The resentments seem likely to linger, either way. For a workforce facing burnout, it seems ironic that the deciding factor in their dispute may well come down not to the fairness of the offer, but to how many nurses and midwives have burned out en route, during the struggle to achieve what they deserve.

Zimbabwe, Again

What a surprise. The same guy (Emerson Mnangagwa) who rigged elections for Robert Mugabe for decades, is now the country’s President. Yet it is being claimed that this week’s elections (that apparently, have confirmed his Zanu-PF party in power) may also have been rigged. Surely not. Surely ZANU-PF and its cronies who have milked the country dry for the past 35 years would have gracefully bowed to the peoples will, if the vote had not gone their way. The international monitors have already condemned the poll.

The world will sigh privately and move on to do business with the new boss. The new boss says that’s definitely the way to go:

“At this crucial time, I call on everyone to desist from provocative declarations and statements. We must all demonstrate patience and maturity, and act in a way that puts our people and their safety first. Now is the time for responsibility and above all, peace.”

Can there be any job in politics less rewarding than being Leader of the Opposition in Zimbabwe?

Iran says no.

In a similar scam, US President Donald Trump is offering to talk with Iran. It has been interesting to watch the media attempt to contextualise this offer – by (misleadingly) likening it to the pattern of Trumpian threats followed by cosying up that we saw with respect to North Korea. That analogy is false. North Korea had been isolated, and had much to gain from colluding in the Singapore charade. The Iranians have nothing to gain. Iranian PM Hassan Rouhani sat down before with the Americans and signed a deal with them – at great personal risk, given the criticism he faced at home for making concessions to the Americans. Even though Iran kept its side of the deal, the Americans didn’t. So why on earth would Rouhani sit down again and talk with a country that doesn’t honour its commitments?

It’s a farce, on every level. Moments after Trump claimed there would be no pre-conditions for such talks, Secretary of State Mike Pompeo trotted out a list of pre-conditions. Just one more occasion for the media to re-broadcast the US propaganda line that Iran is the world’s main exporter of terrorism. It isn’t, by a long shot. For the past two decades, that title has belonged to America’s key ally, Saudi Arabia, which is currently engaged in causing the world’s worst humanitarian catastrophe, in Yemen.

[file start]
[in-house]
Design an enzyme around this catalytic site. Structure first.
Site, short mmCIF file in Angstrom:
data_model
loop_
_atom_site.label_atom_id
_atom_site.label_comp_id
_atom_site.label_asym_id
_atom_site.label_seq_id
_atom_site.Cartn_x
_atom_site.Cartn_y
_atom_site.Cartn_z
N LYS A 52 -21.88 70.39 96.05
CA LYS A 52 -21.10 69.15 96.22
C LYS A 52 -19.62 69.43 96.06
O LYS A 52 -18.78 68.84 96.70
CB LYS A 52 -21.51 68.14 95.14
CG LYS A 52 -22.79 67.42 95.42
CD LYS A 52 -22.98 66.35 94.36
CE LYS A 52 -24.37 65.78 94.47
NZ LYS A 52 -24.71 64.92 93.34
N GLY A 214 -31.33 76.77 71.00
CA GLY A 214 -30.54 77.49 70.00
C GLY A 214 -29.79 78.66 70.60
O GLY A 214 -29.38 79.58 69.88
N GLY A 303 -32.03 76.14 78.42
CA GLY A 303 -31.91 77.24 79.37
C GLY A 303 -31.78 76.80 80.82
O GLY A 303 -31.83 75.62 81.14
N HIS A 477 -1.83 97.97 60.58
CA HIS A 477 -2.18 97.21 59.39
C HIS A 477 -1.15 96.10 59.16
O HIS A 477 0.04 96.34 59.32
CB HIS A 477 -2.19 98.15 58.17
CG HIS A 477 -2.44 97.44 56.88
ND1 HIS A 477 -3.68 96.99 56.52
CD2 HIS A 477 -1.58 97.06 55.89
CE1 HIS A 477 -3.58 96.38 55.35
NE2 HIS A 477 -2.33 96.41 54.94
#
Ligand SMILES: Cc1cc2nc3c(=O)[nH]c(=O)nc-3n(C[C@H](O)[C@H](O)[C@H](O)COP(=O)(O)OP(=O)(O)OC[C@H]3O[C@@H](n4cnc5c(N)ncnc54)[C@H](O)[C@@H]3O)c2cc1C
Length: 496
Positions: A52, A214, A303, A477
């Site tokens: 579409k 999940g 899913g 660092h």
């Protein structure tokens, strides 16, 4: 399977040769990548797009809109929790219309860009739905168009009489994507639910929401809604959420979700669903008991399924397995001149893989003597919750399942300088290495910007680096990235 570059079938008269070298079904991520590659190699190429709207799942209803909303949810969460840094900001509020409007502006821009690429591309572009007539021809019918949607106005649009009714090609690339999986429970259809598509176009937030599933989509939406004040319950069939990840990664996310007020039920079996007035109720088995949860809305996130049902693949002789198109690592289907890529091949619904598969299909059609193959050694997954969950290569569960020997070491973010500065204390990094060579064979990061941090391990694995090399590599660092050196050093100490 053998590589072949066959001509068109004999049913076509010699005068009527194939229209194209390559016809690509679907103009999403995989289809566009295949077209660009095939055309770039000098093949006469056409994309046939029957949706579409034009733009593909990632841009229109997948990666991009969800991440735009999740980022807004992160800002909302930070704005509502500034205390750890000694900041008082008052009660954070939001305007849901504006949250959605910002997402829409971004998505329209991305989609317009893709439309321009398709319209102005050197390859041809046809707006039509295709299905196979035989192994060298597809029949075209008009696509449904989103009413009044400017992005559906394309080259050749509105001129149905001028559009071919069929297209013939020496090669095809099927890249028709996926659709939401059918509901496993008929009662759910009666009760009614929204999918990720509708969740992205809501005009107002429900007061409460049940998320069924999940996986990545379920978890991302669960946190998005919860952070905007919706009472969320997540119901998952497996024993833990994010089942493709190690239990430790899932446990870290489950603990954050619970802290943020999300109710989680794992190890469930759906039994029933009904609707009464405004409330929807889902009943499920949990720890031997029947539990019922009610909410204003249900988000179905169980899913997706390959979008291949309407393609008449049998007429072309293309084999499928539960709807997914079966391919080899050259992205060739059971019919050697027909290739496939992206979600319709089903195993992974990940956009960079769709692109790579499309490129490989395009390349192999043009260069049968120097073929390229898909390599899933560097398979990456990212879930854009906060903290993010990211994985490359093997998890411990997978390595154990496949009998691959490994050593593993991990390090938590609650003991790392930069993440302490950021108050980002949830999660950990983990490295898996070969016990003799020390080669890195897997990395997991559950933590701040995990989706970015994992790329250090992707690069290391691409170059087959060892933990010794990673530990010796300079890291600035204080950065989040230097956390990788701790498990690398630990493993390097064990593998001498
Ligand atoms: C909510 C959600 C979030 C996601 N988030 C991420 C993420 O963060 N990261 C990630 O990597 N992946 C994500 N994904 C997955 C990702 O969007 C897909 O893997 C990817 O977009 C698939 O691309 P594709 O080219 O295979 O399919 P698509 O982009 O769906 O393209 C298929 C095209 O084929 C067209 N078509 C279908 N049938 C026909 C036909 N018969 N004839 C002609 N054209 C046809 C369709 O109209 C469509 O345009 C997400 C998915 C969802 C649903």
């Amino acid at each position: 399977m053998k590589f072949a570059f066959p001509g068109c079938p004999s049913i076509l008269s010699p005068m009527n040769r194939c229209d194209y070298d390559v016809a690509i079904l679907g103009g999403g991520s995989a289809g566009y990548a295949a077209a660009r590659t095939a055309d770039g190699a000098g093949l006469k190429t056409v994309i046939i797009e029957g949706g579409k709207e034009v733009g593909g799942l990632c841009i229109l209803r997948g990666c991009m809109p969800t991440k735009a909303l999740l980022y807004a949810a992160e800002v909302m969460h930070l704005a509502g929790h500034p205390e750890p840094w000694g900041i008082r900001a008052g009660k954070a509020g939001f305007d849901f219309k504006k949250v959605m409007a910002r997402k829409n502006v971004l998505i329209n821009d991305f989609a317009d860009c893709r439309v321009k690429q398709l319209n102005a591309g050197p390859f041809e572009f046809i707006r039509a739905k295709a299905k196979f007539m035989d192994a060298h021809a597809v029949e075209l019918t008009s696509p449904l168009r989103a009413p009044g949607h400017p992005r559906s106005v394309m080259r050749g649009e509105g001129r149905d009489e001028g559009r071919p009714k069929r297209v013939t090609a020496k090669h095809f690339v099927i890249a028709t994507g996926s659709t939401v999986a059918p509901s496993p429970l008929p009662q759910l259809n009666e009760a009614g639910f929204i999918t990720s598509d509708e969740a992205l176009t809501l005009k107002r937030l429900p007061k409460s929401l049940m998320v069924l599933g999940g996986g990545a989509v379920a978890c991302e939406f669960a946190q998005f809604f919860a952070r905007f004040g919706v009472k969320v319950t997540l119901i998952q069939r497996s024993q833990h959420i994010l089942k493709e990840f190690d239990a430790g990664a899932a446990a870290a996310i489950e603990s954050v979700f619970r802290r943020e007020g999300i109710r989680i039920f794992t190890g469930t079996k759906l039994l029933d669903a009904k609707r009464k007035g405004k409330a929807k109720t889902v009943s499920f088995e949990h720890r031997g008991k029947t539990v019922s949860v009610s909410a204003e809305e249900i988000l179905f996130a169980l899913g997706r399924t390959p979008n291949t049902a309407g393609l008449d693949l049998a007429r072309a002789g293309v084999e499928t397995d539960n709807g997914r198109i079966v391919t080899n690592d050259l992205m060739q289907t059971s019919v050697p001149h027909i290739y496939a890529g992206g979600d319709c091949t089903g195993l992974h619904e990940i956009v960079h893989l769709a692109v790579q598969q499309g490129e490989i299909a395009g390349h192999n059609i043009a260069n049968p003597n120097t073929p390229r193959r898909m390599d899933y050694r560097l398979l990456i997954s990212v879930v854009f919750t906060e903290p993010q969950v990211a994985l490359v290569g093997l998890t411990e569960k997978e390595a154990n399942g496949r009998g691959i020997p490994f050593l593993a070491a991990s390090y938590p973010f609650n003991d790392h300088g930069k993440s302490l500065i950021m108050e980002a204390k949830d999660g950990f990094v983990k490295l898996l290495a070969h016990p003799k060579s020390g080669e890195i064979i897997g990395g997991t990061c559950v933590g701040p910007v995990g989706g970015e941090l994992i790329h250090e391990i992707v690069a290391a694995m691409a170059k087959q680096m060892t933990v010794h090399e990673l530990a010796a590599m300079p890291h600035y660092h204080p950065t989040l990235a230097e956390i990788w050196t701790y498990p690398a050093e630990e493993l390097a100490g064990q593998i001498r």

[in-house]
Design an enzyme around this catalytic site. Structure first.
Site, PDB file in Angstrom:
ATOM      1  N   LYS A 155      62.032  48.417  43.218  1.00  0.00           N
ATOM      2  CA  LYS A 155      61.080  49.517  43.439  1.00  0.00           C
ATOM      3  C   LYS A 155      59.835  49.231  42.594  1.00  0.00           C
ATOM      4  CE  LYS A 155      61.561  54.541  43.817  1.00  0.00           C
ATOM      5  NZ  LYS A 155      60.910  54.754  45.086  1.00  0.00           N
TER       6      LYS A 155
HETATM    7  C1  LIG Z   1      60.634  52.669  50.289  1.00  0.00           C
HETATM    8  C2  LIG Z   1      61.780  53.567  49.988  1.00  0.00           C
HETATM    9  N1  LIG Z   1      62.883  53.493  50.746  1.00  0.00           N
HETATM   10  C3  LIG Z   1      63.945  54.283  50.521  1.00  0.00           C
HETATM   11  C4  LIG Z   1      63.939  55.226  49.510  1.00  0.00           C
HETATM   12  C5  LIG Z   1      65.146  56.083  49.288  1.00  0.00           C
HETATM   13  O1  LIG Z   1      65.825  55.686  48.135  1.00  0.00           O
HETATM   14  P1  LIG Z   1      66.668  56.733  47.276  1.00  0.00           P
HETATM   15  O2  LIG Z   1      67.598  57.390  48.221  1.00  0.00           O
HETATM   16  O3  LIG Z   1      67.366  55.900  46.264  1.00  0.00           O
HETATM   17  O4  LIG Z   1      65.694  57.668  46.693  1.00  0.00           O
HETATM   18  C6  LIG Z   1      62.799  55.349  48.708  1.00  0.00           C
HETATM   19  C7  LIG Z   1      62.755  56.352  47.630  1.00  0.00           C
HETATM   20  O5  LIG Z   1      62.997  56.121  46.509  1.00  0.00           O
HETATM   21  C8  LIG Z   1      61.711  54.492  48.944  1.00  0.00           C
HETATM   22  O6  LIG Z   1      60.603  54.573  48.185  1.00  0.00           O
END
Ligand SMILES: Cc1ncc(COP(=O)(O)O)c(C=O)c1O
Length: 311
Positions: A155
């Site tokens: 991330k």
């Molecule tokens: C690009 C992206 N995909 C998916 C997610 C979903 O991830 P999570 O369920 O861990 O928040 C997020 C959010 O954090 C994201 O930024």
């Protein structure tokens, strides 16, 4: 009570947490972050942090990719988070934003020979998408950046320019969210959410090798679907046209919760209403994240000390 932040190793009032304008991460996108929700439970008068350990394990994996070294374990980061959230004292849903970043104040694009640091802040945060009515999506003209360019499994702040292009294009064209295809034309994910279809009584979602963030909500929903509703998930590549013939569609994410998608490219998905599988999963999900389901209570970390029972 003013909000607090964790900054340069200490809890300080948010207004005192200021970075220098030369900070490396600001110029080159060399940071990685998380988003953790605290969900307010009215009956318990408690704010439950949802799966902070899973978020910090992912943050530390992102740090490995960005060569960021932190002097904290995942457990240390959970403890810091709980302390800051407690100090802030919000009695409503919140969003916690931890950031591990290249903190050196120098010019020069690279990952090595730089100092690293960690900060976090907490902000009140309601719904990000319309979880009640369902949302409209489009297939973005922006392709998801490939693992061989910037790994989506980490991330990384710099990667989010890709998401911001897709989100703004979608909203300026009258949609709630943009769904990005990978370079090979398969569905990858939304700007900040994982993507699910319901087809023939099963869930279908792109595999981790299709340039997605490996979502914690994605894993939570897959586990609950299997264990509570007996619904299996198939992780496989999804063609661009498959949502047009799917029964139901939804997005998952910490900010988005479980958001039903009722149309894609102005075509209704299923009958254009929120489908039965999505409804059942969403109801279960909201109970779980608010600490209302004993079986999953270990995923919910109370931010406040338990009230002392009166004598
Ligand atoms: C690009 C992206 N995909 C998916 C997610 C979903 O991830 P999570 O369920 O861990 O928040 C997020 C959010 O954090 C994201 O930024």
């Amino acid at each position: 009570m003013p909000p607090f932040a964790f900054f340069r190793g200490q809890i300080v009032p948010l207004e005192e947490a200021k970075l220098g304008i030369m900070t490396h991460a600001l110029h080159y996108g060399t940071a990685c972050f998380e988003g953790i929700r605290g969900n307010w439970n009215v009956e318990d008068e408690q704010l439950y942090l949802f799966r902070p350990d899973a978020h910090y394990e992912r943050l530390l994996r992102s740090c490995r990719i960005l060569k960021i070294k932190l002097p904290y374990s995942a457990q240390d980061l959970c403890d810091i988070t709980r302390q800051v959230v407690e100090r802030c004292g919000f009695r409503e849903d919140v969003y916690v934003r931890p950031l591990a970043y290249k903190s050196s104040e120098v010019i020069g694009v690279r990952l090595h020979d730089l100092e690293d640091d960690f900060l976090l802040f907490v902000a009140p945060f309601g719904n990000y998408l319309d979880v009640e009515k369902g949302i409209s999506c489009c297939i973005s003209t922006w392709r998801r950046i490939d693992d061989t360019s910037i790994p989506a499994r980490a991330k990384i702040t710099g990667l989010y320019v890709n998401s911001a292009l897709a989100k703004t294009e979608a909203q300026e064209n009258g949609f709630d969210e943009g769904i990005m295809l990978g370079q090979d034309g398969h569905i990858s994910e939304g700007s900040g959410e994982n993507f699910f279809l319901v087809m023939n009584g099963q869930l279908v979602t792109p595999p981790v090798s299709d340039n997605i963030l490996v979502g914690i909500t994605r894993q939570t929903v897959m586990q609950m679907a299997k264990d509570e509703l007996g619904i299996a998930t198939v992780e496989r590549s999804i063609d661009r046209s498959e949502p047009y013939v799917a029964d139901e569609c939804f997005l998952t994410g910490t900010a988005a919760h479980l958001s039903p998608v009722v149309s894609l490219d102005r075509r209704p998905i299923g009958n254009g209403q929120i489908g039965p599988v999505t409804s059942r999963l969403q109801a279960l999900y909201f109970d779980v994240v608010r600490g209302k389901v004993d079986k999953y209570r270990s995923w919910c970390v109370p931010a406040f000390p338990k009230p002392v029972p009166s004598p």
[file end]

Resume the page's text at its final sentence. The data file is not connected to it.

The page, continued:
The lazy media take? That Yemen is a proxy war between the Saudis and Iran. It isn’t. Iran’s minimal support for the Houthi rebels has been insignificant compared to what the Saudis are doing to bomb and starve Yemeni civilians into submission. At the same time, the Saudis have embargoed the flow of medical supplies needed to treat the cholera epidemic they have created in Yemen.

Internally, the economy of Iran is seriously deteriorating. But what plan, if any, does the US and the rest of the world have, if economic sanctions end up causing the Iranian regime to collapse? In the past two years, New Zealand has built up some important trade links with Iran. It looks like it will now tamely surrender them. The first round of US sanctions officially commence on August 7th, and the Americans will enforce secondary sanctions on any country that dares to defy its total freeze on trading with Iran, come November 4th. So far, Foreign Minister Winston Peters – a lion at home, a lamb abroad – has said nothing about this shakedown.

Happier days

During the 1960s/1970s soul music was such a fertile genre that gems from that period keep on being disinterred. This obscure Richard Temple single from the mid 1960s for instance, includes the utterly endearing line: “And my feet are filled with happiness/and I’m determined to dance it down…”

In the same goodhearted spirit, this new single unites Tyler The Creator and A$AP Rocky, two people not previously known for their joie de vivre. But on “Potato Salad” they both goof off in front of the Eiffel Tower in pretty infectious (and self-mocking) fashion. Keep a high waste and alligator the belt… weird nigga, full suit with the sandals and socks… GOLF boy, where we at? Until now, I wouldn’t have picked Tyler for a career as a stand up comic, but life is full of surprises…